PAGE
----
-       Currency movement of Dollar vis-a-vis Rupee. The immediate effect of the downgrade was that the Rupee depreciated against the dollar. However if the dollar were to depreciate against the rupee, then:
o   Indian exports will become more costly and thus uncompetitive. Export-driven industries like garments, leather, jewelery could come under pressure.
o   Also downgrade will impact consumption in US, lowering demand there and export volumes to US will be reduced because of this.
o   Indian imports would become cheaper- important because oil bill will become cheaper.
-       Attempts to raise foreign capital by Indian firms from foreign publics will be affected, as the global investors attraction to foreign currency-denominated bonds would have lowered.
o   ‘Foreign-currency denominated bonds’ are bonds wherein the foreign investors are promised an assured return in foreign currency. Such bonds had become very useful to Indian companies mainly because of the lower-interest rates prevailing in these foreign markets. Therefore they could raise capital at low interest rates (as opposed to India where high interest rates are prevailing). In the first half of 2011 itself, Indian companies raised $7.6billion in this manner.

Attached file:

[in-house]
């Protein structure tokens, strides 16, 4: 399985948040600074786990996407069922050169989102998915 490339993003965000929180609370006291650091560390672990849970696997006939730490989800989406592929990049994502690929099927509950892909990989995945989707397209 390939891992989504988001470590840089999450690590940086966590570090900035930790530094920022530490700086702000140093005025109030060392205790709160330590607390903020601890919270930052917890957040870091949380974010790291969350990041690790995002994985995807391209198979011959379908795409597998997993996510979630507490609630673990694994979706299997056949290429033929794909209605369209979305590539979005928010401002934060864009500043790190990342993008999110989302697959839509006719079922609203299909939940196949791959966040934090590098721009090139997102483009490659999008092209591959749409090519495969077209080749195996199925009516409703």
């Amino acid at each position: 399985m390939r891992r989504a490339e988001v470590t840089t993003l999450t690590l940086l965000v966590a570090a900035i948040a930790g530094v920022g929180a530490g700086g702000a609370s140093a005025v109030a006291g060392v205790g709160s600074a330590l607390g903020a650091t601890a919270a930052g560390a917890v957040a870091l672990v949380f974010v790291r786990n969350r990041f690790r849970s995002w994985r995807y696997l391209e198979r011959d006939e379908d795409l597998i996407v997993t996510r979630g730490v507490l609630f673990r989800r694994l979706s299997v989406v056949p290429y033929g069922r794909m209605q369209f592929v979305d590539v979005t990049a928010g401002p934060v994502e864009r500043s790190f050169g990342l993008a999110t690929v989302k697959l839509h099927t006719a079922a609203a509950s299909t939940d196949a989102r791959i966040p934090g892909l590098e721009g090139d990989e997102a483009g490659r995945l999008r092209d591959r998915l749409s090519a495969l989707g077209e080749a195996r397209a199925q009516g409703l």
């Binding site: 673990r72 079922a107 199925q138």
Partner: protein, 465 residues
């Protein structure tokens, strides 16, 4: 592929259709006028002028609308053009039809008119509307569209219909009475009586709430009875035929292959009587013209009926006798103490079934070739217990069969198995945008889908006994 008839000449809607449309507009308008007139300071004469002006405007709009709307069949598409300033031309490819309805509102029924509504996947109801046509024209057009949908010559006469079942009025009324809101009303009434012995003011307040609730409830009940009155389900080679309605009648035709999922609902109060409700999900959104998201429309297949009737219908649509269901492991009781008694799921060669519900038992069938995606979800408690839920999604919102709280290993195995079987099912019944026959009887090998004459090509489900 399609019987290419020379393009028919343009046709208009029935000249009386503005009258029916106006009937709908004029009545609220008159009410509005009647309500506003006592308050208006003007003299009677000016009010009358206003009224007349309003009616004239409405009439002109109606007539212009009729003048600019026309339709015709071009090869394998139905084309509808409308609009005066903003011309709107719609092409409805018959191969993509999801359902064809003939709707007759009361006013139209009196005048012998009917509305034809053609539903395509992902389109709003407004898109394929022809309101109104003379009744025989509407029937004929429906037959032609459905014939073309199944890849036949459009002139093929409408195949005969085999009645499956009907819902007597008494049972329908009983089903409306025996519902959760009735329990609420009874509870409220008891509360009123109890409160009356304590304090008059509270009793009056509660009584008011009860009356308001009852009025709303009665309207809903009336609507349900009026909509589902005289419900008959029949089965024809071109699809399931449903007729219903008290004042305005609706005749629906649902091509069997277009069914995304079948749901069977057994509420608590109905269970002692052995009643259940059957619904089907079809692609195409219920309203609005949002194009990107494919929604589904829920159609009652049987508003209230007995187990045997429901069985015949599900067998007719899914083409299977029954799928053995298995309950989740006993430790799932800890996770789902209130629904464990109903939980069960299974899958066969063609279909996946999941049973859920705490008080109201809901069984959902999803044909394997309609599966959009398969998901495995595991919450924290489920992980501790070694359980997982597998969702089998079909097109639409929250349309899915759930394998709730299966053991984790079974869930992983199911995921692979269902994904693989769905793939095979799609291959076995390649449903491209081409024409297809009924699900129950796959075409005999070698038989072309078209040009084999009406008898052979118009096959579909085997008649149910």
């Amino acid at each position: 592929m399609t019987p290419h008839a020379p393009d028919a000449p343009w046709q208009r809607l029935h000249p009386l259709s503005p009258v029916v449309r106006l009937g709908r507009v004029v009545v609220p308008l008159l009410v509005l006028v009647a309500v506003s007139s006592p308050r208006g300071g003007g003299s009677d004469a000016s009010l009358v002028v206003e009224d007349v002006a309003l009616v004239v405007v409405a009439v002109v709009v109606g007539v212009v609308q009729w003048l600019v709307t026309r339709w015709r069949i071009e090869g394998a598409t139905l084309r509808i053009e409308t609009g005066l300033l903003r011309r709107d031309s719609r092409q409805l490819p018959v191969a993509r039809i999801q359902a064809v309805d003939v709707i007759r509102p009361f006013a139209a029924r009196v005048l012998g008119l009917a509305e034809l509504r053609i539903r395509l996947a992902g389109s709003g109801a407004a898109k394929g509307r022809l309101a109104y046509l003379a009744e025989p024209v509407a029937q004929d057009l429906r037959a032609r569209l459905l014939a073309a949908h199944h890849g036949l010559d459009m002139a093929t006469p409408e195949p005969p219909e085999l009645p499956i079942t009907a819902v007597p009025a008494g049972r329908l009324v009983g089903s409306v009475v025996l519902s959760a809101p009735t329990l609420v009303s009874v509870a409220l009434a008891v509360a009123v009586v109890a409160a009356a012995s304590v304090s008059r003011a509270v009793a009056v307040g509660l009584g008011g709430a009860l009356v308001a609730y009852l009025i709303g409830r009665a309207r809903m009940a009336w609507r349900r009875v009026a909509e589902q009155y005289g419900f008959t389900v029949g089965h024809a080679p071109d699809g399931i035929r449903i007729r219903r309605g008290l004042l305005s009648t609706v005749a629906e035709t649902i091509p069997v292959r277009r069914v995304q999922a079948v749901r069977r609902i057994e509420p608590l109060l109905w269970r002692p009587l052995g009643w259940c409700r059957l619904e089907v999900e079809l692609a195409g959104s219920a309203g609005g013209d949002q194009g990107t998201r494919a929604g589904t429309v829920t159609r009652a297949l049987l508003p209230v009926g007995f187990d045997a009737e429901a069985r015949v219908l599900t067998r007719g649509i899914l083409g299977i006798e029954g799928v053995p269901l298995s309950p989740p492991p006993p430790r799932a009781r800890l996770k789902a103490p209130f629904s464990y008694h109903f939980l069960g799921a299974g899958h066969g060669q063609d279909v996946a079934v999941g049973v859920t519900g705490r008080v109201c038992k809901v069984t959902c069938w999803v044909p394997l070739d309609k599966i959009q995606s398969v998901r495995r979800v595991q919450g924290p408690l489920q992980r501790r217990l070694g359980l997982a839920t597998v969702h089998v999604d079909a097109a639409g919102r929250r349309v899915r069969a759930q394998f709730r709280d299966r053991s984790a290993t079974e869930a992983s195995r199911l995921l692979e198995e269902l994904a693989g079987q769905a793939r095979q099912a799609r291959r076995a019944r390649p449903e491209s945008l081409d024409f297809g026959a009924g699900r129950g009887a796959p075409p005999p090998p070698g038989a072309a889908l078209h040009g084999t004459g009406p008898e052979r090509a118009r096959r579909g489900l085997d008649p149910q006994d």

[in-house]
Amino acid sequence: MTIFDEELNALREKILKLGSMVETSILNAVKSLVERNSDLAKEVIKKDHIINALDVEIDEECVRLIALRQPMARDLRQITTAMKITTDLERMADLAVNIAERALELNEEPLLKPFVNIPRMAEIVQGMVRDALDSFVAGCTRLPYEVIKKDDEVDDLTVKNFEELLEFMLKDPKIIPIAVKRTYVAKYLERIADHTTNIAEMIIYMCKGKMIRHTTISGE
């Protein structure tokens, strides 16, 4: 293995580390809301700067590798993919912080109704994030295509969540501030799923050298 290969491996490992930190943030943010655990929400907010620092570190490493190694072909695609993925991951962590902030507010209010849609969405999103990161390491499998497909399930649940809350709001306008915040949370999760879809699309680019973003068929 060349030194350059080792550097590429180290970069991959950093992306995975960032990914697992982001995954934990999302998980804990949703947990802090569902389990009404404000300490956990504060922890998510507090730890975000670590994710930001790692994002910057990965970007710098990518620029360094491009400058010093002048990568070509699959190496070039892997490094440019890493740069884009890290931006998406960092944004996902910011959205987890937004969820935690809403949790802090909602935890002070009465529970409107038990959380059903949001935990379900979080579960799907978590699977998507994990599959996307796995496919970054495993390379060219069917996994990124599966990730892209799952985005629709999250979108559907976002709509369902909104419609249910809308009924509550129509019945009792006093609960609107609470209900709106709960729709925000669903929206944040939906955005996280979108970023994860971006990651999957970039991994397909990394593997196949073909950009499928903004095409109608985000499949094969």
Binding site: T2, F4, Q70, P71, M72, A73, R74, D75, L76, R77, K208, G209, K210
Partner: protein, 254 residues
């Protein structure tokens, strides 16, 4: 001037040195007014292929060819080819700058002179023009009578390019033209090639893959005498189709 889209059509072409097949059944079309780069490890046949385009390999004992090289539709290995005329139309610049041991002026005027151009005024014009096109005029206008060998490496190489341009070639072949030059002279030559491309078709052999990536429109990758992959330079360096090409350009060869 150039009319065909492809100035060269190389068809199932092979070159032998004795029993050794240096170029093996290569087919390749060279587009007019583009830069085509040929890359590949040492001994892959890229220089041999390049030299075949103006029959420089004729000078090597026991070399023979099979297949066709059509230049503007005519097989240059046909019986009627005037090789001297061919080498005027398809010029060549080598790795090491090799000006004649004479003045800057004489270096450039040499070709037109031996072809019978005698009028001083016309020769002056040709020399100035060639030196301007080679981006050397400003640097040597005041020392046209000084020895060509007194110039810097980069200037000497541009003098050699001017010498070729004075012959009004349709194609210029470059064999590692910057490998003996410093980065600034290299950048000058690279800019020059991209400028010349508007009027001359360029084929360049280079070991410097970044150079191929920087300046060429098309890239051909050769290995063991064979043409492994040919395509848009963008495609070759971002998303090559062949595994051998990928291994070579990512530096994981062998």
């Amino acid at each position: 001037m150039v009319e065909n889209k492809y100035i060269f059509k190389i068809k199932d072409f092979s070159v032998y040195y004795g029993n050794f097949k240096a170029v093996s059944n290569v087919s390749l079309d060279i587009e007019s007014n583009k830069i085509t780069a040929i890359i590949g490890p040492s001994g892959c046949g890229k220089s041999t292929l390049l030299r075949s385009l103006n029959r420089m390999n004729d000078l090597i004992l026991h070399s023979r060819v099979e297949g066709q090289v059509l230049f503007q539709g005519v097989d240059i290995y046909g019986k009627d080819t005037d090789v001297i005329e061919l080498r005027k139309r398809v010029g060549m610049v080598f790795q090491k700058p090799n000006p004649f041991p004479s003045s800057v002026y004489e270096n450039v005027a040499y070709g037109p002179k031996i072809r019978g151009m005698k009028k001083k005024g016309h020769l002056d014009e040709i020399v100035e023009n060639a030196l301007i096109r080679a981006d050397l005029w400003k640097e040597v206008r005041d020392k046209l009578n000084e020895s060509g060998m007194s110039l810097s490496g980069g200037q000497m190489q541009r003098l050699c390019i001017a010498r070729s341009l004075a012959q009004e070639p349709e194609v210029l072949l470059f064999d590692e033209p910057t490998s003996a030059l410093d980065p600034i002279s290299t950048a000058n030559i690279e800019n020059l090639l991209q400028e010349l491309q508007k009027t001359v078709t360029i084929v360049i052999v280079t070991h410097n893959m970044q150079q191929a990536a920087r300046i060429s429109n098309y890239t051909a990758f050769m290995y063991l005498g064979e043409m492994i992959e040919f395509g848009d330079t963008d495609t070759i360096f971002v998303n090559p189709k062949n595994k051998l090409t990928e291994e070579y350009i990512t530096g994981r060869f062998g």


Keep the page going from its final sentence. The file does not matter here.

o   To attract capital through this route, Indian companies may have to pay higher interest rates.
-       IT industry
o   Being an export-oriented sector (derives 60% revenue from US) IT is likely to be hit. Shrinking of IT budgets of companies is expected. 
o   A large part of IT servicing can be categorized as non-essential, thus US companies will not spend money on those areas now. This will reduce contracts for Indian companies.
o   However, NASSCOM feels that IT industry will not be affected in the near-future because the economic slump will cause US companies to innovate (through IT) to reduce costs and improve profitability.
o   Regarding long-term impact, industry watchers feel the lag will show up two quarters later.
-       BPO Industry- is directly linked to volume of spending on non-essentials.
-       Oil prices are going down because of slower growth and hence lower demand
o   This is beneficial to India because it will help battle inflation (cost price of goods will reduce) and keep fiscal deficit in check (lower oil price means that govt subsidy bill on oil will be lower, thus fiscal deficit will be reduced).